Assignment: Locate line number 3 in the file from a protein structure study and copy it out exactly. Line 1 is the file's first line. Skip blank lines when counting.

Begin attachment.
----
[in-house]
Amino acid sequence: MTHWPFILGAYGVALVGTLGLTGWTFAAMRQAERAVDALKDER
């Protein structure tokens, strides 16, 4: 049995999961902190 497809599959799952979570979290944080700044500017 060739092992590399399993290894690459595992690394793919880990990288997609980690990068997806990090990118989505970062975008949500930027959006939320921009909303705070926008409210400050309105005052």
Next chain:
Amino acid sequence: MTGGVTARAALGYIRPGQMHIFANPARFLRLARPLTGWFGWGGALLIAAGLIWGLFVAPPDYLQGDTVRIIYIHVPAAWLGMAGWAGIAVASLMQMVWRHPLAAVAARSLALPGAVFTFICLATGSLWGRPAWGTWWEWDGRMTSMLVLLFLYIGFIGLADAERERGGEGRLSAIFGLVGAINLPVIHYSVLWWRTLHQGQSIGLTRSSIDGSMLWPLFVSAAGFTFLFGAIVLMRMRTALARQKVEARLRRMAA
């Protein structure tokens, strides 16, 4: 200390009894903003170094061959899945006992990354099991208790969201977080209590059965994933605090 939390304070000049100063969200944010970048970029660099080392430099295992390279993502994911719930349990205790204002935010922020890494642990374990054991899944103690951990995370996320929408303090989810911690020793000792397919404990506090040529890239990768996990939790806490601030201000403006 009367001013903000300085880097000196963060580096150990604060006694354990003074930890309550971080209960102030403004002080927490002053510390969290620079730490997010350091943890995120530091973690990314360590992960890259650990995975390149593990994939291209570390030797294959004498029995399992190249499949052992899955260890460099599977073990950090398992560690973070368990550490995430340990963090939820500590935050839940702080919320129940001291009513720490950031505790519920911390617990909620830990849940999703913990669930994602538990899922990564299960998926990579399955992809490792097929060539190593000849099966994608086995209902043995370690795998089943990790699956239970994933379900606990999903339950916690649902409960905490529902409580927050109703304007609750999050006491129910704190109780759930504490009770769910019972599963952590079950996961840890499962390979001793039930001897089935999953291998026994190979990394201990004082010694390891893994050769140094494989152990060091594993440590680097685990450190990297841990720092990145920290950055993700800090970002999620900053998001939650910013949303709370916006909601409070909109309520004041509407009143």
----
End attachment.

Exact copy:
């Protein structure tokens, strides 16, 4: 049995999961902190 497809599959799952979570979290944080700044500017 060739092992590399399993290894690459595992690394793919880990990288997609980690990068997806990090990118989505970062975008949500930027959006939320921009909303705070926008409210400050309105005052």